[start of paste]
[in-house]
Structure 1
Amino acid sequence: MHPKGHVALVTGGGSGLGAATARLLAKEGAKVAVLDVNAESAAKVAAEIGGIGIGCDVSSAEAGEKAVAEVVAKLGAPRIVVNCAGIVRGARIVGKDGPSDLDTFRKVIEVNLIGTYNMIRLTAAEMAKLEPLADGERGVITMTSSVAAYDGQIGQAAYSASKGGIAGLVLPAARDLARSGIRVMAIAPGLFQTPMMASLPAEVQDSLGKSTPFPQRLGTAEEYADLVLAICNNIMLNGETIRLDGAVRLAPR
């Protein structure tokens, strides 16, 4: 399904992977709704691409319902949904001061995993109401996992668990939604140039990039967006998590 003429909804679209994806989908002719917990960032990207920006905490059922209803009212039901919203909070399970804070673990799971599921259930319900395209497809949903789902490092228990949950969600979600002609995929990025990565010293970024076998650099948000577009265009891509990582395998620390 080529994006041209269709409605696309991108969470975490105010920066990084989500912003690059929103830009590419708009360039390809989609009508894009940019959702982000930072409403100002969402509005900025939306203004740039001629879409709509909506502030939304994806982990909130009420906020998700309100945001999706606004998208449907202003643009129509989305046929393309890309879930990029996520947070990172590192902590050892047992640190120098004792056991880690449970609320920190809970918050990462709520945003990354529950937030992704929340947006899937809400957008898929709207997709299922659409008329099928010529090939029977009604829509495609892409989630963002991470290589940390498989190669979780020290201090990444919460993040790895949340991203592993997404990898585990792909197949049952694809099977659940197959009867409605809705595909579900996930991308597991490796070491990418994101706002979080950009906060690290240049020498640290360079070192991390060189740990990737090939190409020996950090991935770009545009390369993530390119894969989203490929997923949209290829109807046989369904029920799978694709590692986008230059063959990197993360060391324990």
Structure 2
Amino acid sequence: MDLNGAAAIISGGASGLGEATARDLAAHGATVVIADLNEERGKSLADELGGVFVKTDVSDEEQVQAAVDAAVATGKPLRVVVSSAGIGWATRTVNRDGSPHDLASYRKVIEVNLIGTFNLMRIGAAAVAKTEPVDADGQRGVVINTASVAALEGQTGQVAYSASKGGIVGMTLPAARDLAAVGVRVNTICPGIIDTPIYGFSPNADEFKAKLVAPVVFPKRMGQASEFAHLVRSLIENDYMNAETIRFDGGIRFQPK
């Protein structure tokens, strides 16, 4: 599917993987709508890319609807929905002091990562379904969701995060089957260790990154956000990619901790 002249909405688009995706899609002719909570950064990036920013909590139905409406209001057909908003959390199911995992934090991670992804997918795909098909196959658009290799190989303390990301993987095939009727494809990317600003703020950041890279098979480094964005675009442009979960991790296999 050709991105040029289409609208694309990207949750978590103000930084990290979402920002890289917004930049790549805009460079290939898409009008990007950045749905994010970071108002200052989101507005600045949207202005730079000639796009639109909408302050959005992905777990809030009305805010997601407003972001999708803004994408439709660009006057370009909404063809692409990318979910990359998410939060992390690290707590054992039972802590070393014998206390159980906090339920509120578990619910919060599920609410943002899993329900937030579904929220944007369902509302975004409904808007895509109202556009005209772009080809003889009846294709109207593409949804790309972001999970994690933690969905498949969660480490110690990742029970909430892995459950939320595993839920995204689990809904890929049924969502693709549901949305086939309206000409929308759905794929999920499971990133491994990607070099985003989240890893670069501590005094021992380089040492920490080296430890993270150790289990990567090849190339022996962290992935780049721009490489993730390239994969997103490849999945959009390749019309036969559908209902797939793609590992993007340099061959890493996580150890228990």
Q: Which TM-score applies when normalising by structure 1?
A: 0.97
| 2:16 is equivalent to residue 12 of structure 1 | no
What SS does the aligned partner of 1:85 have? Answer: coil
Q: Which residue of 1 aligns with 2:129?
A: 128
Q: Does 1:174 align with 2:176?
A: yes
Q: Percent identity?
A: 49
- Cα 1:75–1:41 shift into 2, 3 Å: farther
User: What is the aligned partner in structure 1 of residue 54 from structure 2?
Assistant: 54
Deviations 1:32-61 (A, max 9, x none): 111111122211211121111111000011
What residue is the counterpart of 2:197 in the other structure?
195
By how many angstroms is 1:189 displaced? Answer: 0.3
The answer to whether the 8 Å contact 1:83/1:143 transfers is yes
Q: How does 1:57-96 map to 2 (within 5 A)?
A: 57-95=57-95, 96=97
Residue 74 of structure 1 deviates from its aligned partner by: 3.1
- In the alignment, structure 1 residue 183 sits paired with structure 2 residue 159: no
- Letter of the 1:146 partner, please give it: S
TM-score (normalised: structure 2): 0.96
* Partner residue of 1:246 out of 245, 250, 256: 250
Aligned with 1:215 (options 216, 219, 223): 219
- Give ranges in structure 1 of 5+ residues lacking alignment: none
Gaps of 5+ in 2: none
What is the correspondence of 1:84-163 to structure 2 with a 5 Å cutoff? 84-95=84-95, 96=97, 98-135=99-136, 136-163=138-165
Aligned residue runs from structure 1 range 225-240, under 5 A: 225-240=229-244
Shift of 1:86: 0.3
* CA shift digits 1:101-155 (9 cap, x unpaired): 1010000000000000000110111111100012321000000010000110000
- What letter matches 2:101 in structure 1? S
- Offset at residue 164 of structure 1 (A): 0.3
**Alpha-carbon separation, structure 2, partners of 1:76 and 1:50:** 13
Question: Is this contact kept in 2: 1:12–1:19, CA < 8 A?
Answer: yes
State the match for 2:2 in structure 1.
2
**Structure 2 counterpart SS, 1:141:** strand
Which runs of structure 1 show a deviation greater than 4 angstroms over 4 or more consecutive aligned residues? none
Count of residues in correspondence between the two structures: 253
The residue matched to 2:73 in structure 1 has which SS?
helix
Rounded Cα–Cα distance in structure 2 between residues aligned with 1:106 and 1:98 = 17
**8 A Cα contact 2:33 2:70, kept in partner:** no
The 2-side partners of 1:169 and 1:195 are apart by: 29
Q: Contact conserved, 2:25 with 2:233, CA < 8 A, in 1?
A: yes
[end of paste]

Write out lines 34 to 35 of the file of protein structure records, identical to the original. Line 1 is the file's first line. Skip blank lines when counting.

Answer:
- Give ranges in structure 1 of 5+ residues lacking alignment: none
Gaps of 5+ in 2: none